Georgia Institute of Technology School of Economics

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1 Georgia Institute of Technology School of Economics 1 Spring 2016 ECON 2106 PRINCIPLES OF MICROECONOMICS (REV 01/12/16) TTh 9:30-10:55 Klaus 2443 Instructor: Office: Office Hours: Required Materials: Course Overview Professor Christine Ries Old Civil Engineering (CE) building at 221 Bobby Dodd Way By appointment. Generally available immediately after class. Gregory Mankiw, Principles of Microeconomics, 7 th ed. Cengage Learning. Cengage Mindtap and Aplia for reading and quizzes Available at bookstores, online and hard copy editions of text. See Appendix for information on ordering and registering materials directly with Cengage. This course provides an overview of the principles of economic analysis. We will cover microeconomics the study of "small" economic agents such as individuals and firms; and macroeconomics - the behavior of large aggregate measures of the whole economy. Economics is the study of behavior, especially of people s choices. But, we don t study an individual s choices in isolation. When one person s choices affect another person, and that person s response feeds back to the first person, we experience a change in the economy. In other words, the economy is a complex, dynamic, adaptive system of many interacting individuals. You will learn to use the concepts of economic analysis to understand and predict individual choices and their impacts on other people and on the economy. But the end of the term, you will be able to apply an economics lens to your observations of events and choices in the world and better understand these actions and choices. You will also learn to predict when one set of events will have a trigger effect on another set of events. In order to learn and be able to use these concepts in a dynamic and changing environment, we will use state-of-the-art educational technology and pedagogy the will move your learning at least through the application level and generally into the analysis level of Bloom s taxonomy. (See appendix). The course is designed as an introduction to the field for non-majors. Learning Goals Learning Goals will guide our work in each class. We will complete the learning objectives recommended for undergraduate economics education as shown in the syllabus appendix. For each Learning Goal you be required to demonstrate the ability to describe the social, political, and economic forces that influence social behavior. You will also be asked to demonstrate the ability to analyze economic phenomenon with clarity, accuracy, precision, relevance, depth, breadth, and logic. You will learn to describe and demonstrate your mastery in classes that are designed according to Bloom s taxonomy (see Appendix). Bloom s Taxonomy is one good description of 21 st Century learning skills or the steps to development of critical thinking skills. 1 And very persuasive new research on educational outcomes confirm that this 1 Critical thinking is defined as systematically analyzing and questioning information in a manner that identifies and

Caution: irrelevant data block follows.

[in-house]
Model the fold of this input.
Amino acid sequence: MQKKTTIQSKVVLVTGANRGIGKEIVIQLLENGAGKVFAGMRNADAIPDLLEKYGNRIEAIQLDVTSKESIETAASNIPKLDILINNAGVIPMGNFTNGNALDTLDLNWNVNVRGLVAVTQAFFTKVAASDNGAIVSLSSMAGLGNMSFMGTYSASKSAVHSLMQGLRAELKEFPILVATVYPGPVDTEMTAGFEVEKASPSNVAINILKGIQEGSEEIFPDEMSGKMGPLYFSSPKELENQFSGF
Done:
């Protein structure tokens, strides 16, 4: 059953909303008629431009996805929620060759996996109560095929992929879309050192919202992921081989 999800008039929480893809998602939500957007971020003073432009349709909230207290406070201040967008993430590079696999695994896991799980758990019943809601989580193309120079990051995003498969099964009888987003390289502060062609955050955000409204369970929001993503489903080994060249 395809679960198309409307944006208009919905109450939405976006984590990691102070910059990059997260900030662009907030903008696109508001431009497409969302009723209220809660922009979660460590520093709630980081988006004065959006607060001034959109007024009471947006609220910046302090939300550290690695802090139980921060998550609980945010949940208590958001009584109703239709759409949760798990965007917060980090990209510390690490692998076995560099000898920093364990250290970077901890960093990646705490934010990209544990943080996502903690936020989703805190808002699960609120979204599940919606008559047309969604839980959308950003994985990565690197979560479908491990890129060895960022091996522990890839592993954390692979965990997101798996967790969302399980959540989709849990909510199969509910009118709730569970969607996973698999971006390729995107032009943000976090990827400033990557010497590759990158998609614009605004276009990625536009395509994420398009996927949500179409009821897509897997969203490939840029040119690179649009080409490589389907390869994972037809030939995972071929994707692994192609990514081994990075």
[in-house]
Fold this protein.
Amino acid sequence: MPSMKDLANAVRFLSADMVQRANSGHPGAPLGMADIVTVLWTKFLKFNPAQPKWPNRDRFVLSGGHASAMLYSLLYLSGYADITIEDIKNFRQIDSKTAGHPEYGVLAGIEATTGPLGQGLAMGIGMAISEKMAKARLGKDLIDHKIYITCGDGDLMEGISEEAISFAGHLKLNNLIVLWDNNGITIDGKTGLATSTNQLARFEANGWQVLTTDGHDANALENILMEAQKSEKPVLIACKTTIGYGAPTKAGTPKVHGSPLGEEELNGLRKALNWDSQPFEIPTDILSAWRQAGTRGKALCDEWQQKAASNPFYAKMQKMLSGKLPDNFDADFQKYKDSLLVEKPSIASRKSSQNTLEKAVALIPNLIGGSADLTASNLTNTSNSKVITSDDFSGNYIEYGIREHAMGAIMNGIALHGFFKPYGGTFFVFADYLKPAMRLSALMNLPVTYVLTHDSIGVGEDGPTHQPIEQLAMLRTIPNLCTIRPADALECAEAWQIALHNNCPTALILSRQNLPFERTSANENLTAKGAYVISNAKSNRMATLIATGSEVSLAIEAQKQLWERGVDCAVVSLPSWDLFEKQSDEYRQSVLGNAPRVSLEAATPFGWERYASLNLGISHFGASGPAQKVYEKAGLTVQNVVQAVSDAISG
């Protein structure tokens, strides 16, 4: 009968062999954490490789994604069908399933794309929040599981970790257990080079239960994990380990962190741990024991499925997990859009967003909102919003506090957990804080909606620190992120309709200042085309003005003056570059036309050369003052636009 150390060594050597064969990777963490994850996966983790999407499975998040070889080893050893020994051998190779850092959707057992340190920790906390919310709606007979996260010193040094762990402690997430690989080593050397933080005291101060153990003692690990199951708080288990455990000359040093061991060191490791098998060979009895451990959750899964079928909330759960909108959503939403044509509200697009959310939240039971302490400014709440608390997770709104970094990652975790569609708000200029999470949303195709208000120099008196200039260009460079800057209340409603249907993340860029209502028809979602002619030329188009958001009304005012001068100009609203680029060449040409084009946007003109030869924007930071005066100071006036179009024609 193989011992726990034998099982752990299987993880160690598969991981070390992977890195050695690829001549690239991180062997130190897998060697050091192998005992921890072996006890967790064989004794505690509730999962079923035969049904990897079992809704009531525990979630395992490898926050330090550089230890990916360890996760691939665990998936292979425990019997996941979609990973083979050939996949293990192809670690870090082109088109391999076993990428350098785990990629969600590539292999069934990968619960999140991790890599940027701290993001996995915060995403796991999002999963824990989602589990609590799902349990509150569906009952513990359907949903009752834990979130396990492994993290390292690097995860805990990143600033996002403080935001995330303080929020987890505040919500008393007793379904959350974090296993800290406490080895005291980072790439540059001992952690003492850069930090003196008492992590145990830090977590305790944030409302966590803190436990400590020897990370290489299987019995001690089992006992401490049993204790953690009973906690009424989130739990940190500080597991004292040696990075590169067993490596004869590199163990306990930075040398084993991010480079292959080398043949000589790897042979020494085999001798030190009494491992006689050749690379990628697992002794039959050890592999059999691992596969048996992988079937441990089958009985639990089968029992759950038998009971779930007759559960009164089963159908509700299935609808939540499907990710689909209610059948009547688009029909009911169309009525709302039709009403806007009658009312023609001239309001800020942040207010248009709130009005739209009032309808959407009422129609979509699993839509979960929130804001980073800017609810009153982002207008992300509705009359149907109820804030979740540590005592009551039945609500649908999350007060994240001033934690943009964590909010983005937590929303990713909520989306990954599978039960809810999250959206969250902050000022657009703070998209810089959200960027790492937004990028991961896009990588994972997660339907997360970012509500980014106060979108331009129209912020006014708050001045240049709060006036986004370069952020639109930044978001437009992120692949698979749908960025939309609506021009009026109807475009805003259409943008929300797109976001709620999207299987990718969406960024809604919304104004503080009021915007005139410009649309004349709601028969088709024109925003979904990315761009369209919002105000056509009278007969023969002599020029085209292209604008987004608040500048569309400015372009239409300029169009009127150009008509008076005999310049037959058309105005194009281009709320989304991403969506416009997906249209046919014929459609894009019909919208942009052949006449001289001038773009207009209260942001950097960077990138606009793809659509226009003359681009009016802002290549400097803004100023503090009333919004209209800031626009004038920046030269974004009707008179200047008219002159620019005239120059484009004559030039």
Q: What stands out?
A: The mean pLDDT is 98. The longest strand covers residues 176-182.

2 2 model gives us the most effective and efficient way to learn. During your college experience you should advance through Bloom s levels of mastery in each of your courses and reach the top of the pyramid in your major and minor courses, at least. In this introductory economics class we will concentrate on mastery at the first three levels - remembering, understanding, application (using economic principles to analyze events and choices). We will work through each of these levels for each chapter with class preparation assignments, in-class mini-lectures and lablets (individual and team-based), and real time assessment. For each class session, we will focus on the assigned chapter s particular learning goals. (These are summarized at the beginning of each textbook chapter.) You will be exposed to the concepts and analysis in pre-class work byreading the assigned chapter and working the Aplia homework quizzes. (These are open-book but graded.) In-class lecturettes will highlight key issues and cover areas you found problematic on the Aplia quizzes. You will use individual lablets (quizzes) and team-discussion of challenging quiz questions. Additional learning resources include the questions from text, and extra problems included in Mindtap for each chapter. Check the tools at the side of Mindtap for additional resources. Finally, the Student Study Guide is excellent and may be purchased from Cengage. Study groups have proven over time to be exceptionally useful to students. Most students who have any trouble with the course have not gotten into a study group early, or at all. I am very committed to your learning and love economics. Please feel free to come to me with questions, for more explanation, or just to discuss economic topics that interest you. I will leave time at or near the end of class for questions and you may contact me by if you need a special appointment. (Generally will not respond to requests outside of business hours, but always try to get back promptly.) Out-of-class assignments, lectures, in-class lablets, and exams For each class we will work with materials for the chapter assigned on that date. Prior to class, you should read and study the text chapter. Compete and submit the Aplia quizzes before 6 AM on the day of class. In class I will give several short lecturettes that put the material in context and cover the areas that you found problematic in Aplia homework. There will be several short, ungraded quizzes in each class and the opportunity to work in teams around the questions that are most challenging. The course is designed for you to self-assess your own progress and work until you have mastered the material. Some of you, especially those who have had economics before, may do this fairly quickly. Some of you will need more time and will work through more materials before you can remember, understand and apply the concepts. There are self- testing problems in Mindtap and the problems and questions at the end of the text and in Aplia are excellent. The Cengage Student Study Guide is also excellent. My goal is that each of you leave the class having demonstrated by GREAT exam scores that you have mastered and can use these essential principles of economics. There will be five exams, each covering the material in that module of the course (see appendix for dates and chapters). Student responsibilities and Grading evaluates problems, processes, values, assumptions, and arguments in order to reach understanding, determine solutions, and initiate actions.